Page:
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So I am sure a good bit of the people on here experienced the heavy thunderstorms over the past few days. I was going to perform a water change today but while using my sink I noticed the water had a smell to it. I know that nitrates levels can be higher after heavy rains so I have not changed the water yet. Just wondering if anyone could shed a little light on this matter. I am on a well if that helps.
 

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I'm on a well as well and in MD. I didn't notice any smells, but obviously this ranges per well source/water processing prior to getting to your faucet. If you're near an agricultural area then you have to be more concerned about the rains after farmers lay down their fertilizers and pesticides, since the rain water will seep into your well source a couple days after it rains.
 

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I'm on a well as well and in MD. I didn't notice any smells, but obviously this ranges per well source/water processing prior to getting to your faucet. If you're near an agricultural area then you have to be more concerned about the rains after farmers lay down their fertilizers and pesticides, since the rain water will seep into your well source a couple days after it rains.

This pretty much sums it up. As also suggested, let the water run for a bit and test it before using it. Things like Prime will help, but they won't bind to every contaminant out there. The key ,I think, is the depth of your well. In my neck of the woods, 400 feet isn't unheard of, but that's what it takes.
 

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Discussion Starter · #5 ·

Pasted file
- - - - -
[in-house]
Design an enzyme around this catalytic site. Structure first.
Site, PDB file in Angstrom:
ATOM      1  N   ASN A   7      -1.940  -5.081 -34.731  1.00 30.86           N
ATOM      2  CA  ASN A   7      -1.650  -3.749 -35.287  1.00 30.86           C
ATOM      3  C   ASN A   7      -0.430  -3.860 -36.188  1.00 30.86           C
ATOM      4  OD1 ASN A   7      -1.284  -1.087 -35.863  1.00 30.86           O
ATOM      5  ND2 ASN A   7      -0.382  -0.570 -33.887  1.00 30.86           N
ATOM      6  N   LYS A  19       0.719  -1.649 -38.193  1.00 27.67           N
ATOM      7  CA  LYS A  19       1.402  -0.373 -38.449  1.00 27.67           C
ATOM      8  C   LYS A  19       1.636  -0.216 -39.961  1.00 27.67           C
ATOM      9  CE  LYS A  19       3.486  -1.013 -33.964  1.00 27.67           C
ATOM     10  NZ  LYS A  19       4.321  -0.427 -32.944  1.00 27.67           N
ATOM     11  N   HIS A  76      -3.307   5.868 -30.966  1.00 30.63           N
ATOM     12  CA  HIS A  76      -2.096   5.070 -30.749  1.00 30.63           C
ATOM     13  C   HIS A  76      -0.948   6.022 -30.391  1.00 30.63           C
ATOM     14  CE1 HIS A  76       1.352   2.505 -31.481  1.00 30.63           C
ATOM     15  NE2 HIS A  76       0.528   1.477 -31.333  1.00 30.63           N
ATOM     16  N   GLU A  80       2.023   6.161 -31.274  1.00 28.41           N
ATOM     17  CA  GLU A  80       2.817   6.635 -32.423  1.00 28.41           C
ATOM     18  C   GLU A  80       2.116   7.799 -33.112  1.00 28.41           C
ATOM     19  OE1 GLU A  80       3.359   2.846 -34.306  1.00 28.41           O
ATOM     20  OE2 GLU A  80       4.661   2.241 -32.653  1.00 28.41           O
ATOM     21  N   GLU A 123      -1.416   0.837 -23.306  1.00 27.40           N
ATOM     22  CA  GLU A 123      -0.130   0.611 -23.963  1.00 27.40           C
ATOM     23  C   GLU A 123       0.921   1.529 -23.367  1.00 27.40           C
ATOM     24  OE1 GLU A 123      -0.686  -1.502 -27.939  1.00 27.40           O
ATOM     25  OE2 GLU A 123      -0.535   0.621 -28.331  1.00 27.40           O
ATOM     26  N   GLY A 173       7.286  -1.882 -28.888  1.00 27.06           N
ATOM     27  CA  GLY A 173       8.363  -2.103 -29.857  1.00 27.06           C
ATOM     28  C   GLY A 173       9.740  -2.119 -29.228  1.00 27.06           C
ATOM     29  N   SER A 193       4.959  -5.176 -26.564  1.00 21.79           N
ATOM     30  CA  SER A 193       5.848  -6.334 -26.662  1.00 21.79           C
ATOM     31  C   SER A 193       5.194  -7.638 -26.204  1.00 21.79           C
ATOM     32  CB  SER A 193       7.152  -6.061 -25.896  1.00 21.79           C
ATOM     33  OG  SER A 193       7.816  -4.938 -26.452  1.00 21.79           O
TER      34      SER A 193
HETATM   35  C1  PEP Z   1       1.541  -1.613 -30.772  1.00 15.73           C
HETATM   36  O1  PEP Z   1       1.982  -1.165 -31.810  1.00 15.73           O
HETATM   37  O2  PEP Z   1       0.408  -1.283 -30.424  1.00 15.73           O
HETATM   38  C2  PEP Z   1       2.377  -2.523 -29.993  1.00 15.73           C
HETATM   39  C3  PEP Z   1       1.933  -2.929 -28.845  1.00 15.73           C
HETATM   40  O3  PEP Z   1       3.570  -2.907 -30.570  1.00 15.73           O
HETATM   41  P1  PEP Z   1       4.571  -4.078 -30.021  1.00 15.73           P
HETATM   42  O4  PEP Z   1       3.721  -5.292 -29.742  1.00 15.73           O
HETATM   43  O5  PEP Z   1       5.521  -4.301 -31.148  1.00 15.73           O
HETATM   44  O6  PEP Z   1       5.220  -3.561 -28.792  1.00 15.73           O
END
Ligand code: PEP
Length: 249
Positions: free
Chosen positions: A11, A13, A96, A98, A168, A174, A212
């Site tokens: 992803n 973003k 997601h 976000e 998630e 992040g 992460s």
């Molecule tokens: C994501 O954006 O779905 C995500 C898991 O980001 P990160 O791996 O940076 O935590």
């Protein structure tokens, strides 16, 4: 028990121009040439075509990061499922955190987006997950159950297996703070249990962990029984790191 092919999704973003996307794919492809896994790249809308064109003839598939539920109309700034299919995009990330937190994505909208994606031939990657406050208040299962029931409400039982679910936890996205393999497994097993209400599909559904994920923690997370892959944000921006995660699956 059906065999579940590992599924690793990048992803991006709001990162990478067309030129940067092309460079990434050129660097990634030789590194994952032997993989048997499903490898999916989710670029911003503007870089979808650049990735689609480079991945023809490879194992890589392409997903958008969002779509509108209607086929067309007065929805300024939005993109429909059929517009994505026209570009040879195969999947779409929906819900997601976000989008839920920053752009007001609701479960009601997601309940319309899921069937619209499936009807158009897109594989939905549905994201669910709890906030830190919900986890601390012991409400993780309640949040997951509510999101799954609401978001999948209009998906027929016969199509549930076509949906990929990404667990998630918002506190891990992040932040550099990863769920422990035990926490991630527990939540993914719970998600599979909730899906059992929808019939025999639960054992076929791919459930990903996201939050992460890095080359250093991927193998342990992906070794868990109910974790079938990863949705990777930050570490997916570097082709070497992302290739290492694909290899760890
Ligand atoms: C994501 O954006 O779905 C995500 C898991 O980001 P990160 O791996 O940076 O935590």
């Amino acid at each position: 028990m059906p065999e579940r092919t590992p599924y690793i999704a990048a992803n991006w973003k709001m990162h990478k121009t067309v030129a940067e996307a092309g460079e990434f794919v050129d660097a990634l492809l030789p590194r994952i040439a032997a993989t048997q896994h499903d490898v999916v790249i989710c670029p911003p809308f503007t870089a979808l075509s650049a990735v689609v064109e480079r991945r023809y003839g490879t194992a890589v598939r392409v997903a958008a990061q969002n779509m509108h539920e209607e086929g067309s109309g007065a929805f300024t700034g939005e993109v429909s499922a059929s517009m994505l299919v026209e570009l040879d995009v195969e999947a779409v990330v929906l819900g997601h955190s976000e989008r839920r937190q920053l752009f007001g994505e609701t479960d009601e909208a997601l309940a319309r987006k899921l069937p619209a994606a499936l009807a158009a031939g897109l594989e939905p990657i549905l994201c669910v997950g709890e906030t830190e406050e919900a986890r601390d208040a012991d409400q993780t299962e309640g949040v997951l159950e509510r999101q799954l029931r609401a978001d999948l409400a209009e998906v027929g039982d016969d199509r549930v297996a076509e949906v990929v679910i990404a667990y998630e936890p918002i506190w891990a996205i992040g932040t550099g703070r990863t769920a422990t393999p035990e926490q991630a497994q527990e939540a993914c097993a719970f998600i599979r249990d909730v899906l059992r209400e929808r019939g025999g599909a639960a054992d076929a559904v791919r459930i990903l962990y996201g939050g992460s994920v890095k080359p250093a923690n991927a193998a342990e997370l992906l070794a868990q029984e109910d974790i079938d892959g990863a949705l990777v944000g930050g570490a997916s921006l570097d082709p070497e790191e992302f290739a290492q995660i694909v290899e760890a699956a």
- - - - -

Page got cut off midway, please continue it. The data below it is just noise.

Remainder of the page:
I'm on a well as well and in MD. I didn't notice any smells, but obviously this ranges per well source/water processing prior to getting to your faucet. If you're near an agricultural area then you have to be more concerned about the rains after farmers lay down their fertilizers and pesticides, since the rain water will seep into your well source a couple days after it rains.
Yeah I live in Carroll County so there are farms all over the place. Thanks all for the suggestions.
 

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I would not worry about fertilizer runoff in your well, at all. Like, in the least. However, I have found that some municipalities will crank up the chloramine after a heavy rain, but that's because of the surge in introduced water to the source in the case of reservoirs an such.
 

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Fresh Fish Freak
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I would not worry about fertilizer runoff in your well, at all. Like, in the least.
Depends on how deep your well is. In addition to whether or not there's a large enough well shaft to let groundwater run down to the intake.

If the well is deep enough that you're not pulling in groundwater but rather pulling from an aquifer you *should* be good.

On the other hand- it probably wouldn't be the end of the world to skip a water change for a week. If you can actually smell something off... personally, I'd rather be safe than sorry.
 

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If your well is drilled and designed in a way that lets surface water get in, it should not be used for a drinking water supply unless there is a really good treatment being used as well. The nitrate and ferts from farming are among the least harmful things found in surface water. Animal and human waste are often in surface water. Any number of diseases are found. Is your well tested and approved for drinking water? If it is not and you see changes after rains, I would not drink or cook with it.
It is correct to assume that any good water treatment will increase the amount of chlorine or chloramine added if they are drawing from a surface source like a lake. Since these chemicals react with the organics and pollution in the water, the amount of chemical added at the treatment plant has to be increased as the pollution increases. When you get a heavy rain everything that is left on the street or your yard is being washed into the lake. That is everything from hog lots and dead cats to the vomit from the gutter! Oil dripping from your car and the pesticide used last week go in there, too. OOOW!
I hope they add a bit more chemical to treat that stuff!
But that doesn't mean the water you get at the faucet becomes dangerous. The whole point of water treatment is to make the water safe to drink so there are limits and testing that go with delivering the water. There are test sites all around the system which show how much chemical is left by the time it arrives at your house. (3-10 PPM)